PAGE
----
The Samsung Galaxy Z Fold 3 is one of those few’wow moment’ devices to arrive in 2021. Not because it’s a huge advancement over its predecessor – as it’s really not – but because that massive foldable screen is probably unlike anything else you’ll have ever seen. It’s like staring into the future.
Key to that display is the new under panel camera (UPC), which attempts to hide the selfie camera from view for an uninterrupted visual experience. It’s certainly representative of the Z Fold 3’s sheer ambition, despite not being entirely successful in its endeavours.
There are other tweaks in an attempt to make this third-gen device more enticing than ever before too: the asking price, while still massive – don’t gasp too loudly, it starts from £1599/€1799/$1799 – isn’t as large as its predecessor; plus there’s the addition of S Pen stylus support.
But is being ambitious truly enough to sell a foldable device over the current norm? We’ve been living with the Z Fold 3 for a full week to see if this is the future or simply an overambitious foldable flop.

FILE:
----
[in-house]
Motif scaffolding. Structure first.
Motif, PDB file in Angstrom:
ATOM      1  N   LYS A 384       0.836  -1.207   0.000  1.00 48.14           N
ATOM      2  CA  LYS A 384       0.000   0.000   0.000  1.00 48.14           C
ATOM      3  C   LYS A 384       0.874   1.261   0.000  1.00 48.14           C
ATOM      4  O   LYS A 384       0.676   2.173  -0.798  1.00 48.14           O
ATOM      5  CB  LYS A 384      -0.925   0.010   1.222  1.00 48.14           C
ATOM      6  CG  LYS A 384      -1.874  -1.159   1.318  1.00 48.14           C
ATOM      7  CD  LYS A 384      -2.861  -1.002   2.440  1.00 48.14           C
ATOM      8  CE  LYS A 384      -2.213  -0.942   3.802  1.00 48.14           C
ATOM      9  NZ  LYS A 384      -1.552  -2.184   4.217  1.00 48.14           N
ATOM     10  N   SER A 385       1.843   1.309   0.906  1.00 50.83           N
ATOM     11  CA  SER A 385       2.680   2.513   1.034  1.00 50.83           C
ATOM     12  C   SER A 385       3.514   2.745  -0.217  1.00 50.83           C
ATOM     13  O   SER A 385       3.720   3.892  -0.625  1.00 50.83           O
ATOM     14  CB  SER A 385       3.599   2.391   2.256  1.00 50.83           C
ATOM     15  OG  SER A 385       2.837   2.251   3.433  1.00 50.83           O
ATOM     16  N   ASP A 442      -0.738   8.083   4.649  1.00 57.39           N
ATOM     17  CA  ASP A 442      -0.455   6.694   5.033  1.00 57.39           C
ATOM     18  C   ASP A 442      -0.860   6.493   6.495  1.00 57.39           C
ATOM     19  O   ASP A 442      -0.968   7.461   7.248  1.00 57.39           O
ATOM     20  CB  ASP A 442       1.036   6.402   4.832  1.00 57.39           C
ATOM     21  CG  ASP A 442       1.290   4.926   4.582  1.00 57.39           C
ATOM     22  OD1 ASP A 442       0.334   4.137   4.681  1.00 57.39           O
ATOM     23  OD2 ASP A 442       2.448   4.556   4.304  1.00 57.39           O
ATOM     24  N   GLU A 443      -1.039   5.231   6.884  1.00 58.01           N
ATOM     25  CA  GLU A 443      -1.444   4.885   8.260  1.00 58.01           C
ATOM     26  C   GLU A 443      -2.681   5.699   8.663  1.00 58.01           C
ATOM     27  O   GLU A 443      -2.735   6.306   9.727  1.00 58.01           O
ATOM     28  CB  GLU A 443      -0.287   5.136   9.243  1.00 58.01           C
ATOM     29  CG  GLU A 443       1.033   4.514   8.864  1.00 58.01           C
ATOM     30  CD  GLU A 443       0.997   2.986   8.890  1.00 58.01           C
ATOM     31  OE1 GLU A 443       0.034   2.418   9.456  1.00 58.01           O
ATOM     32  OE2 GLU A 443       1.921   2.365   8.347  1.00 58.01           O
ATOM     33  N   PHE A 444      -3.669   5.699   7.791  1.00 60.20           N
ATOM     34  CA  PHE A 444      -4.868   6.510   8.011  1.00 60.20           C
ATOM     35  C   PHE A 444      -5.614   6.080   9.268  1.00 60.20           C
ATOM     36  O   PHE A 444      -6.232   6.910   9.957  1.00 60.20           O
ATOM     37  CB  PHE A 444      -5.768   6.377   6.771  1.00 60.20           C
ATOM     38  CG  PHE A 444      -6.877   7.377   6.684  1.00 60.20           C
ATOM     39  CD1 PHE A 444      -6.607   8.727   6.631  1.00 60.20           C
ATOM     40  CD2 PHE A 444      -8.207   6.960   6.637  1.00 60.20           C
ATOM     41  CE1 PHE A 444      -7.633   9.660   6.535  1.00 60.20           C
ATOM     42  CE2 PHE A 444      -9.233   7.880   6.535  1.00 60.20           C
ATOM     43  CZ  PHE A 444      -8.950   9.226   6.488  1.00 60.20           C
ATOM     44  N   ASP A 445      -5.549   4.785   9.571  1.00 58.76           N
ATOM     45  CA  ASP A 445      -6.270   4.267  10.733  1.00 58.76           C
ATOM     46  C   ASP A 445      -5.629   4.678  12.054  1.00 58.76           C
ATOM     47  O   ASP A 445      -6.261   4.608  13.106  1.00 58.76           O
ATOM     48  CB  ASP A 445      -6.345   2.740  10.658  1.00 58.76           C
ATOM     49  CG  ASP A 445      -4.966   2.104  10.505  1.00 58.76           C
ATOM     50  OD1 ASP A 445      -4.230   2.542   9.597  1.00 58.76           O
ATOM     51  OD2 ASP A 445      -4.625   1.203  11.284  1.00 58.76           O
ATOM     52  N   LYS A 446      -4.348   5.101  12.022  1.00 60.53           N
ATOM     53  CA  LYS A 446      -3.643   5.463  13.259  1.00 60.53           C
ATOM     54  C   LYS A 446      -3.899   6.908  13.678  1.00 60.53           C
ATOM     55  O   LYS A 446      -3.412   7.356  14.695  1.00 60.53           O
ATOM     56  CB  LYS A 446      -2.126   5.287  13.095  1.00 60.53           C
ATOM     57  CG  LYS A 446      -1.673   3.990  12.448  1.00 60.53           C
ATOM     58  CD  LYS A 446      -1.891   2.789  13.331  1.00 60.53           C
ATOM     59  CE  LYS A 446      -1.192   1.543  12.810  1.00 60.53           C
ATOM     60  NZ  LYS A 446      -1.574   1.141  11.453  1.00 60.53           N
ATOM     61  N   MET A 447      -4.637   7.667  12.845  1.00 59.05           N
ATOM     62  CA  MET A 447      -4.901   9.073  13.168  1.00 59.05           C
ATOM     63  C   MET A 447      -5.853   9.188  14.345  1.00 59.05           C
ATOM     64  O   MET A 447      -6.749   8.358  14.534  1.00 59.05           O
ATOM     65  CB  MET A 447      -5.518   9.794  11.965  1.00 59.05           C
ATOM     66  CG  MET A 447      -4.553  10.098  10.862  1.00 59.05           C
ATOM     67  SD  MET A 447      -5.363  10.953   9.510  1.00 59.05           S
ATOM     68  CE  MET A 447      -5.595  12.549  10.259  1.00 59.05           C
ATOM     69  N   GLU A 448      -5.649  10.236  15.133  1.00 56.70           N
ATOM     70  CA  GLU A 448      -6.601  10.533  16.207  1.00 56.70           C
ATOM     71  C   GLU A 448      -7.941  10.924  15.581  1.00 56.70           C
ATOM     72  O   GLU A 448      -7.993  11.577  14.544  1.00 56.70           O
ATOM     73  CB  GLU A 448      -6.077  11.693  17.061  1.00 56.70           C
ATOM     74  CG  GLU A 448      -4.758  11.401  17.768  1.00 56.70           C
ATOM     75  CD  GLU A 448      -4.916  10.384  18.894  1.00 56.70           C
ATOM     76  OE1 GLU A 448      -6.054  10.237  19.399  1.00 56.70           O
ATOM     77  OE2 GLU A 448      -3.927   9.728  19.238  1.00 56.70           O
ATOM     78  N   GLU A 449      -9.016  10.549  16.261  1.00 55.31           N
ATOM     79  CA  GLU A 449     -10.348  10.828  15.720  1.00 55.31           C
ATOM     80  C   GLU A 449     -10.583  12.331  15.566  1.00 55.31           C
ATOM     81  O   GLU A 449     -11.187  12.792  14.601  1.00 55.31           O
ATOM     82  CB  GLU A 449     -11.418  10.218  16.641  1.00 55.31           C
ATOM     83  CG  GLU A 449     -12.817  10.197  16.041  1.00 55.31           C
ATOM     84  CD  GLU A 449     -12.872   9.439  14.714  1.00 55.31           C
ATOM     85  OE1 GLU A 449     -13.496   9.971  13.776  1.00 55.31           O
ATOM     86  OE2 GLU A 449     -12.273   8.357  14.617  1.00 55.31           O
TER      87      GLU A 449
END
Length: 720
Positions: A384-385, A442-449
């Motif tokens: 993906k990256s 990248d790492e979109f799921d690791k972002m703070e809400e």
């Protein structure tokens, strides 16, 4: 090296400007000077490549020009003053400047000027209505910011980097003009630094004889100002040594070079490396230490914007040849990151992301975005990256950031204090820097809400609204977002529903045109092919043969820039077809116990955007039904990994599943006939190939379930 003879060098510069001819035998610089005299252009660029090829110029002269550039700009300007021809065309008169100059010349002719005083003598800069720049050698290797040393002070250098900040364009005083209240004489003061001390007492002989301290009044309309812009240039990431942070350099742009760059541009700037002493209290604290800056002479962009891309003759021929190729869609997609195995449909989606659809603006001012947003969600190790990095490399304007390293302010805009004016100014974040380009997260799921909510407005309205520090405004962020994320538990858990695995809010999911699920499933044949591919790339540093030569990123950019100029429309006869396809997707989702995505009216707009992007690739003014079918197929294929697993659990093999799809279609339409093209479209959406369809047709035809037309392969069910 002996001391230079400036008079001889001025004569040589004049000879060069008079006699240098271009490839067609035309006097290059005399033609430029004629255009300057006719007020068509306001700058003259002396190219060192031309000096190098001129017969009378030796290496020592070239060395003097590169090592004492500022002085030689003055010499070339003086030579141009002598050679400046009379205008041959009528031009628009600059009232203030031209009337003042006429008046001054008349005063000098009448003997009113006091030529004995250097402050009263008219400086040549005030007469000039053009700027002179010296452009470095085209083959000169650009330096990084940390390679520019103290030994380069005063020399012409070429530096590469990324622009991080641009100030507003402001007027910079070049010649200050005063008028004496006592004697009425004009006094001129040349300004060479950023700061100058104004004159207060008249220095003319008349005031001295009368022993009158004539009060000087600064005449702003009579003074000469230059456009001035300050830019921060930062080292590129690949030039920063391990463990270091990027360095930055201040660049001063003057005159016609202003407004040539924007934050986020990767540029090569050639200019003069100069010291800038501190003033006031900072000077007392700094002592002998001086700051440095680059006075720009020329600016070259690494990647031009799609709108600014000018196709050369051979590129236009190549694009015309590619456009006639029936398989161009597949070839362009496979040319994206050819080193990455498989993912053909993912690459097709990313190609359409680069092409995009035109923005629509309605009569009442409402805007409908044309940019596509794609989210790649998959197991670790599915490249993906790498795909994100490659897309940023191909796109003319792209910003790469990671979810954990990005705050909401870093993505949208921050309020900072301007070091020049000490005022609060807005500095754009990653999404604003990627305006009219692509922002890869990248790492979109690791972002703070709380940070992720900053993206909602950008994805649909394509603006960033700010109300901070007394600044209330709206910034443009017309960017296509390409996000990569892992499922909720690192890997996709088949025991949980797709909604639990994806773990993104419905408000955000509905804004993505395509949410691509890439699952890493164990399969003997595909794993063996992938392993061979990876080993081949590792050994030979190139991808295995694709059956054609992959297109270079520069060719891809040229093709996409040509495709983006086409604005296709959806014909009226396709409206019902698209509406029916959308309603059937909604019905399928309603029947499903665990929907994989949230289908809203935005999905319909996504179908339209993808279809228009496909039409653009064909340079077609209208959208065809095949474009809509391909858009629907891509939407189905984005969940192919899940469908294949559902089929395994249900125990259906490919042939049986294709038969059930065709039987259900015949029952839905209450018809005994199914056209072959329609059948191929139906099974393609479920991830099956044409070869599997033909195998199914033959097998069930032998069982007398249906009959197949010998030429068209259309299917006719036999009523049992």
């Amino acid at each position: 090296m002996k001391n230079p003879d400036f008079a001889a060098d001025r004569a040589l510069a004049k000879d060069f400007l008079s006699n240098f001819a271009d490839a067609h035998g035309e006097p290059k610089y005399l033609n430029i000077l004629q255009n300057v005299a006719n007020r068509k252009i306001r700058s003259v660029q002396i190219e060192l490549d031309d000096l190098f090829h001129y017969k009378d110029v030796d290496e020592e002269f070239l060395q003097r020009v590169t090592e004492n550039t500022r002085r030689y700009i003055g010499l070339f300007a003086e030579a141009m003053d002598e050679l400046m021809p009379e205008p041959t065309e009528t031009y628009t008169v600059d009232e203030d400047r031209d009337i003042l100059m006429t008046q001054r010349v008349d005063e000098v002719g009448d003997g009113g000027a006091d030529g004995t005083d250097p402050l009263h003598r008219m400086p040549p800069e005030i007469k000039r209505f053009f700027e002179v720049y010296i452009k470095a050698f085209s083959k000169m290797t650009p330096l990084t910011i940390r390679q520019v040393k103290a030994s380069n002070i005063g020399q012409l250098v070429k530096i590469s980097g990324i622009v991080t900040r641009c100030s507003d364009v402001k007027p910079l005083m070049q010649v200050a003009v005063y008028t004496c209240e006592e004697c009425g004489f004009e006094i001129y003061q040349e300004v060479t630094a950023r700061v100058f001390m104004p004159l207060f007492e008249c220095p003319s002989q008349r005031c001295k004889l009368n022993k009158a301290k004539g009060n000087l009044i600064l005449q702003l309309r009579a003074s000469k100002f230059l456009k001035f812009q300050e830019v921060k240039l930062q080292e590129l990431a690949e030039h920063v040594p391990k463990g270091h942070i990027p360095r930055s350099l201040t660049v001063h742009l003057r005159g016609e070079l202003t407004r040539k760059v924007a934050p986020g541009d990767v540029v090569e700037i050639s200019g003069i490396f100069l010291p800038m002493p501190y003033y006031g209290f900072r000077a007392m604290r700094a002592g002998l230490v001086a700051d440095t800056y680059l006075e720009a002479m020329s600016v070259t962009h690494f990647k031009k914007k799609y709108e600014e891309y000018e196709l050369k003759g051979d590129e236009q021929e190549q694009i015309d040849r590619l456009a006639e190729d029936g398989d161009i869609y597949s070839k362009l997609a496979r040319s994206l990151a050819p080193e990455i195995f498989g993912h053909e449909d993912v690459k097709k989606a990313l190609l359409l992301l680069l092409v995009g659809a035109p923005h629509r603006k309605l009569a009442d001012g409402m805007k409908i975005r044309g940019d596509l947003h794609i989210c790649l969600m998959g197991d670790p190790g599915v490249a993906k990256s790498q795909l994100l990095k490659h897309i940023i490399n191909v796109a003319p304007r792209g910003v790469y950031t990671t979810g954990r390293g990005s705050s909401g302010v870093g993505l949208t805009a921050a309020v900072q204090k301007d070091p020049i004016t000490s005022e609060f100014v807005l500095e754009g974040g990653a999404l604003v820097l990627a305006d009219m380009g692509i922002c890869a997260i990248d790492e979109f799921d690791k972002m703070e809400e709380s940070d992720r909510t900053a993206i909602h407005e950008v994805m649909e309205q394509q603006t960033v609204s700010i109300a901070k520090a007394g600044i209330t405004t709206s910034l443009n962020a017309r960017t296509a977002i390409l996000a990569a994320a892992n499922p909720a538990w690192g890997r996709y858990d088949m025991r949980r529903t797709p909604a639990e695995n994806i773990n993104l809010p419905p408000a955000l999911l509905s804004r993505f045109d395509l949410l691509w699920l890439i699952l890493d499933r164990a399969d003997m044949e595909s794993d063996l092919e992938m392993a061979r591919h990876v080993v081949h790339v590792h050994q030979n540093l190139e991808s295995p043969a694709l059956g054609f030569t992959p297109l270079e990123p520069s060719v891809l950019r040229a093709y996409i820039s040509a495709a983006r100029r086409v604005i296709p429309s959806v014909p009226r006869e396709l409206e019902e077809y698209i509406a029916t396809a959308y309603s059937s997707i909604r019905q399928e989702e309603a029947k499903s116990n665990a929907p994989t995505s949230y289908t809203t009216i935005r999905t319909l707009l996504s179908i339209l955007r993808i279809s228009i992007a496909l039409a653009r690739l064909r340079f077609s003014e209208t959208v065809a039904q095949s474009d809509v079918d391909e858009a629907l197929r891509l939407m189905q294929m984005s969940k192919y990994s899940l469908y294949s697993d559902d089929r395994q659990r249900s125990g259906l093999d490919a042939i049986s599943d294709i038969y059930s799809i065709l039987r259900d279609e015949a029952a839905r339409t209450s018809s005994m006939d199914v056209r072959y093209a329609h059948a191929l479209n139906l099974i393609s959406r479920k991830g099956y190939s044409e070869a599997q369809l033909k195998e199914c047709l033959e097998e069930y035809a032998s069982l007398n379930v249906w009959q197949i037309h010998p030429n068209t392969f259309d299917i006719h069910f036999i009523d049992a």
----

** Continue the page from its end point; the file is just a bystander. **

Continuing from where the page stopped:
- S Pen stylus support
- Slightly slimmer (16mm)
- More powerful processor
- More streamlined rear camera array
- 120Hz dynamic refresh for front screen
- Under display camera for foldable screen
If you lay the Z Fold 2 next to the Z Fold 3 you’ll see they’re not massively different looking. However, the newer device does streamline the camera arrangement so it’s smaller – although that now causes irksome ‘table wobble’ when popping it onto a desk or other flat surface – and the front display is actually a little less tall (it’s 24.5:9 aspect rather than 25:9 of the older device) but offers a 120Hz refresh rate too.
The bigger take-aways are, as we already pointed out, the under display camera (UPC) and the addition of S Pen support – but the stylus isn’t integrated into the device so doesn’t make as significant a change as you might think. There’s a new no-Bluetooth S Pen Fold Edition which, as its name suggests, only works with the Z Fold 3 (the S Pen Pro is also compatible, while being suitable for other supporting devices in Samsung’s range too). We’ve not been provided with the stylus, however, so cannot comment on its functionality.
Design & Displays
- Colours: Phantom Black, Phantom Green, Phantom Silver
- Dimensions (folded): 67.1 x 158.2 x 16mm / Weight: 271g
- Dimensions (unfolded): 128.1mm x 158.2 x 6.4mm
- Front display: 6.2-inch Dynamic AMOLED, 2268 x 832 resolution, 120Hz dynamic refresh
- Unfolded display: 7.6-inch Dynamic AMOLED, 2208 x 1768 resolution (XQGA+), 120Hz dynamic refresh